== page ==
In lieu of trying to provide inadequate answers, I can only posit these far-reaching questions against the caveat that, very often, our encounters in the world are as consumers of products, news, information, status updates, insanely cute pictures of cats, etc. I think that even smart and sophisticated audiences like those found in Seattle may have an expectation that art will, in some way, be consumable. Paradisiacal Rites does little to cater to this desire, which is off-putting, discomforting and disorienting. And who wants to go through that? But we do, in fact, need works like this just as much as Mitchell needs this work to toe the line of shock in order to get to the meat of his content. We need to be challenged in order for art to do what it should: break a pattern of viewing, bring in a new perspective of seeing and elucidate the human experience.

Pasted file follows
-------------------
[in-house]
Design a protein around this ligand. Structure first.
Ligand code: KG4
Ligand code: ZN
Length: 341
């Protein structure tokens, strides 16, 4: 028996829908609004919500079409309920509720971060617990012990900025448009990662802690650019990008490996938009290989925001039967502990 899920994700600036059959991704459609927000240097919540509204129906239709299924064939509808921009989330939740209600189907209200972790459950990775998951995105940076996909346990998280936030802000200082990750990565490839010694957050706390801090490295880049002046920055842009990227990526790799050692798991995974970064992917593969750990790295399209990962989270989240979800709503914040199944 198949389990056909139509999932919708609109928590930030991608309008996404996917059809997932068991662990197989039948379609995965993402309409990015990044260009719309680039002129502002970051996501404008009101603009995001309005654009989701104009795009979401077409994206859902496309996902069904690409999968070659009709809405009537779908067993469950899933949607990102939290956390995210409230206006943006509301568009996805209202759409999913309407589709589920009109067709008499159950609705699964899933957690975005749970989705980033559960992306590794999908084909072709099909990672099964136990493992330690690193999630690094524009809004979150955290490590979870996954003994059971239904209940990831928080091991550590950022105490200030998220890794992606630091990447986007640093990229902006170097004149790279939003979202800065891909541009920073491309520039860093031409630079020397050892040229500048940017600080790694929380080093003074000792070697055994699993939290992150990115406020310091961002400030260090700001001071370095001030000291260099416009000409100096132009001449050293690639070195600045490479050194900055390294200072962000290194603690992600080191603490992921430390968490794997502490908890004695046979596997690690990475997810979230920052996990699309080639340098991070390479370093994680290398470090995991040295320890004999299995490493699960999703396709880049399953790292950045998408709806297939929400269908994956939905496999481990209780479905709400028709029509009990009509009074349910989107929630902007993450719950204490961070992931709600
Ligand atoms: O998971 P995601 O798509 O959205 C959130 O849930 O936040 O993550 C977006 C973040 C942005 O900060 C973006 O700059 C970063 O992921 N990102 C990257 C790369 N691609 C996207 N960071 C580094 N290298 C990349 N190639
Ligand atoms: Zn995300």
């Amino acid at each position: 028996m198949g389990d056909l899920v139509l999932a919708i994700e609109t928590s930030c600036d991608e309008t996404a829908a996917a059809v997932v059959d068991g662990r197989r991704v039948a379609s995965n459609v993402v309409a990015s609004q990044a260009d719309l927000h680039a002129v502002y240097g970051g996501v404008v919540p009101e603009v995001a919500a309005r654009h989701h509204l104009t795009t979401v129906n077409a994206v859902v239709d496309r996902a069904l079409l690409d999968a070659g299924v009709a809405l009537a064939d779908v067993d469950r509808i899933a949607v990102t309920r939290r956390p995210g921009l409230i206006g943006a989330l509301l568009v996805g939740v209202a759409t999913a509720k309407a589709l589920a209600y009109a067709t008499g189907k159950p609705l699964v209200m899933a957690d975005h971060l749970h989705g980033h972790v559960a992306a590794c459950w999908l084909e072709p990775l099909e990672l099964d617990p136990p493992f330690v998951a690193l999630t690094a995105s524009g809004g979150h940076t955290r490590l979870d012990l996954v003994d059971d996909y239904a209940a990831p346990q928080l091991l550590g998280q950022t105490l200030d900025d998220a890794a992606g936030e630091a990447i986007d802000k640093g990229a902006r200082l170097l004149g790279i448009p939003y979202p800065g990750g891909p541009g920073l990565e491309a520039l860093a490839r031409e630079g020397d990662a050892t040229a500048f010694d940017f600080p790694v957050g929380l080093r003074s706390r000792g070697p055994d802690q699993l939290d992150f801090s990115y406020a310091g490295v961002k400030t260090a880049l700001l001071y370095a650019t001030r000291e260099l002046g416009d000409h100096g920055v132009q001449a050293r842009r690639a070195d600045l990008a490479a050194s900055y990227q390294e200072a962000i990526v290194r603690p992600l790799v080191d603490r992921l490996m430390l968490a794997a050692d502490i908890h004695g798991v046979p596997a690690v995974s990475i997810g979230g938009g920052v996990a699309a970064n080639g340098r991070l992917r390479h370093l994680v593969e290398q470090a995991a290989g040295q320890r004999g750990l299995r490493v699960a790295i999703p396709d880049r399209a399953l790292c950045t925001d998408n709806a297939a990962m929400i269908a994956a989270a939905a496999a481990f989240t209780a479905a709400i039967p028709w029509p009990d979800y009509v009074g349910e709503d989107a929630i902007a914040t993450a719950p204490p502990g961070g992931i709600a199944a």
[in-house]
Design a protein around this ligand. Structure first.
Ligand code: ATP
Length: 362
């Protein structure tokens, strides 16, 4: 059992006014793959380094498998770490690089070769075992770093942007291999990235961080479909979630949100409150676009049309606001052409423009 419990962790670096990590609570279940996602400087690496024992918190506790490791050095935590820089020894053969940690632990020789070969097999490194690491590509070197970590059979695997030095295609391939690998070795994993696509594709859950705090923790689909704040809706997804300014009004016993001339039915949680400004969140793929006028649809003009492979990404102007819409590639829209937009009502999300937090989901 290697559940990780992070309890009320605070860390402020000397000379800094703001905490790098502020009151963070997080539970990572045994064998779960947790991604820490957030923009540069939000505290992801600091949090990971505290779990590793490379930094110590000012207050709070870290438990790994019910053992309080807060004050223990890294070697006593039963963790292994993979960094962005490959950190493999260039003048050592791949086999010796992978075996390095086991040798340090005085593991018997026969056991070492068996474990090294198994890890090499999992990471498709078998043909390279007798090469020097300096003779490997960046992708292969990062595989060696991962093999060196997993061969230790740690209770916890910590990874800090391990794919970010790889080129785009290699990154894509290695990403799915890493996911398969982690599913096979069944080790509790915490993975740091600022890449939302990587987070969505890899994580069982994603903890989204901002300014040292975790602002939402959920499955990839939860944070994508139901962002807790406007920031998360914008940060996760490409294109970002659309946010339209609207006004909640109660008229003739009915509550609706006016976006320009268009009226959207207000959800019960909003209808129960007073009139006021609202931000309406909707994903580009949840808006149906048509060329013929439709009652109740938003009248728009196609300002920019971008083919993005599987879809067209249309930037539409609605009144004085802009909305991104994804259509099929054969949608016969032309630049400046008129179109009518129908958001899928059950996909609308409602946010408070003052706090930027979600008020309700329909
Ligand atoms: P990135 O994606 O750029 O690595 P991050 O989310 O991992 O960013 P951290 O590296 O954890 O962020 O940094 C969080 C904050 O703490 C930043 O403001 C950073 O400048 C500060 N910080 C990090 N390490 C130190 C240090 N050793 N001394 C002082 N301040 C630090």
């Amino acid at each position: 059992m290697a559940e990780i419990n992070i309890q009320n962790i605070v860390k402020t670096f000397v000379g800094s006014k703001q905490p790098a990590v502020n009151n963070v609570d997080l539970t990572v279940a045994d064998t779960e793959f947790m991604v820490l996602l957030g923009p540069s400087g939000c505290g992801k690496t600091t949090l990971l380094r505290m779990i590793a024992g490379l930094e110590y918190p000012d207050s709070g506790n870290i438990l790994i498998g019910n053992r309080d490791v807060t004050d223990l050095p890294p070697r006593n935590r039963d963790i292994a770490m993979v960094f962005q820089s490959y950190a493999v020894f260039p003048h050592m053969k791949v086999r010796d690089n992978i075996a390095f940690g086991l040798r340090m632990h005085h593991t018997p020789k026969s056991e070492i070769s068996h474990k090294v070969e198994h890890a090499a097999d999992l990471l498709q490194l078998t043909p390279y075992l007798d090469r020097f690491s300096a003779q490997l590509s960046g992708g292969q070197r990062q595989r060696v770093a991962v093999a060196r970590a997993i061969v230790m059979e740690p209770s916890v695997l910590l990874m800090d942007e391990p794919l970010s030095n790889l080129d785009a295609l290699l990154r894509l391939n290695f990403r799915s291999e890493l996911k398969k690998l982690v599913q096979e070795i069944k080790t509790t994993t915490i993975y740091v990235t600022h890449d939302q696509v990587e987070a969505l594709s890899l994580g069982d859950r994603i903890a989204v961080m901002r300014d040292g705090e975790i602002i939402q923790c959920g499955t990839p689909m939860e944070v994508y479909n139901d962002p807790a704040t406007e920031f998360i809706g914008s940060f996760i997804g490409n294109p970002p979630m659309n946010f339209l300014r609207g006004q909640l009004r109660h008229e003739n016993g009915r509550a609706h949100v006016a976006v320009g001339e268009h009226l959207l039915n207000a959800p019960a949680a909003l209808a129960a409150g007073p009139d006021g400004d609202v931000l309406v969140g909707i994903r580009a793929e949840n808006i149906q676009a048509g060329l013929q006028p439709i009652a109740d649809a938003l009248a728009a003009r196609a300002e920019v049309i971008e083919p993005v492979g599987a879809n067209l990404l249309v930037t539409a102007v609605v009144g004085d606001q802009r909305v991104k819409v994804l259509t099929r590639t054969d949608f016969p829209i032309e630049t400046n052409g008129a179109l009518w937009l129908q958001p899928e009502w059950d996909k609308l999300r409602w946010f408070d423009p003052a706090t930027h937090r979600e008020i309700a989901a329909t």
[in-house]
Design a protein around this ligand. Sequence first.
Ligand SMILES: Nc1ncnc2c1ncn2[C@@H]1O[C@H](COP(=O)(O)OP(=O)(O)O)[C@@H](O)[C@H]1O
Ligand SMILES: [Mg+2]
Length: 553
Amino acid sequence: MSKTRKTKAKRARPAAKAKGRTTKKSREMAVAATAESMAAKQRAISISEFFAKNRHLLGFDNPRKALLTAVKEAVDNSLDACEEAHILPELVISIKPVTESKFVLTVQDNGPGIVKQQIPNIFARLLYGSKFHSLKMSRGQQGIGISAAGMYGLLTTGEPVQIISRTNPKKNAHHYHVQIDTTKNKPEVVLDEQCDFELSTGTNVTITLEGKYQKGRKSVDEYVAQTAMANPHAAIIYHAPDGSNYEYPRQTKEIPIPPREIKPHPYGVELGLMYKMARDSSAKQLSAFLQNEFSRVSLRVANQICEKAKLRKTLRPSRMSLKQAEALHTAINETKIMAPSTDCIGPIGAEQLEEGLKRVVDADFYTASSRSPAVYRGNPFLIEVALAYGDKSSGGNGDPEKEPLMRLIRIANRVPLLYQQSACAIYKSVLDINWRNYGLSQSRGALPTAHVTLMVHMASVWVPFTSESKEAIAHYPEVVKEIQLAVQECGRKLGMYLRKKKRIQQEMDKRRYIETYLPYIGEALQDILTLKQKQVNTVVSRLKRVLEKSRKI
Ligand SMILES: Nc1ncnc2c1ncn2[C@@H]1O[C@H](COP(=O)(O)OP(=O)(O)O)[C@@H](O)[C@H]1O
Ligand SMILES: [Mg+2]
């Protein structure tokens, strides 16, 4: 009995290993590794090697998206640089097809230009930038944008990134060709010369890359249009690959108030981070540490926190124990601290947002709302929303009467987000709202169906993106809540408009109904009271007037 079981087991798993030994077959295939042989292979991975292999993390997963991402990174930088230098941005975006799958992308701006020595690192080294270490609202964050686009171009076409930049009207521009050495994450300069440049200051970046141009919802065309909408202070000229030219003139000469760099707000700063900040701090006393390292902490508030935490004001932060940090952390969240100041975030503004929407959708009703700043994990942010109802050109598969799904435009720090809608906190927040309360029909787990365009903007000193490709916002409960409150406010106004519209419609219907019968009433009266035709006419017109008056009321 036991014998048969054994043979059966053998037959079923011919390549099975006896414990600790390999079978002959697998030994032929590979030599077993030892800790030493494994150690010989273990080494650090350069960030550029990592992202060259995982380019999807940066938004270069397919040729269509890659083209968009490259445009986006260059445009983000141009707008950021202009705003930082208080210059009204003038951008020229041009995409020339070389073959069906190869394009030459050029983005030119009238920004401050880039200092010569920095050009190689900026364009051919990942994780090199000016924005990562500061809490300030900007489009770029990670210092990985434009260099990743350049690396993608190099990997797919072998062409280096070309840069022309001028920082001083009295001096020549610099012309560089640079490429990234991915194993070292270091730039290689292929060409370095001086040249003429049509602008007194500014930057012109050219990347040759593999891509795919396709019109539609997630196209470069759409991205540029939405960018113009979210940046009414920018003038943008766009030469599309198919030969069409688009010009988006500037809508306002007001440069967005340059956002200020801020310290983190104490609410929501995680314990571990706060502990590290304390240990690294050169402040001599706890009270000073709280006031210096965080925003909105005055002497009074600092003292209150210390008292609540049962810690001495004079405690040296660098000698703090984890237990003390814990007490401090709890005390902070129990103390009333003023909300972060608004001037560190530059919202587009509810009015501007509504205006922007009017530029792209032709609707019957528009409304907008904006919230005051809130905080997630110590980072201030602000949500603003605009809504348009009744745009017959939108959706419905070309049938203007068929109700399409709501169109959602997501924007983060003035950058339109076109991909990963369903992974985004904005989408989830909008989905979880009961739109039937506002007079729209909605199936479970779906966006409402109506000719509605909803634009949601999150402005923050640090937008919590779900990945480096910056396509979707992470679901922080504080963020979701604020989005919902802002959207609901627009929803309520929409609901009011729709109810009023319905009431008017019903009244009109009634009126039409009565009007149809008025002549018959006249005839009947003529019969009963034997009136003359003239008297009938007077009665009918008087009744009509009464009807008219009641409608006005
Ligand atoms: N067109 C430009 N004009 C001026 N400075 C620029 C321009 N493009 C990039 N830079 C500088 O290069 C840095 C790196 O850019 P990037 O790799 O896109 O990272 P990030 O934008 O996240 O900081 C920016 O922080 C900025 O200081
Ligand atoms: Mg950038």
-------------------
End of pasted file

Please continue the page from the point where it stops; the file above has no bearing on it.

Resources for the reader:

A film by Jean Genet:

A Description of Marina Abramović and Ulay’s piece Breathing In/Breathing Out from 1977:

A piece with similar elements from 1978:

Well-written article summarizing key components of Sartre’s depiction of the writer in St. Genet:

A download of Elizabeth Stephen’s research article on Genet and homo-eroticism:


Nobody knows Christin Call the dancer/choreographer/poet/artist, explainable by part-existential, part-marketing reasons. As a fair weather critic she has written articles for F5, Kansas City Review, The Ulrich Museum, SeattleDances, and now, happily, STANCE. Her poems have appeared in the lively journals Boston Review, Eastwesterly Review, KNOCK, and Anemone Sidecar. The Mountain? The Mountain., her self-published book of poems, is available through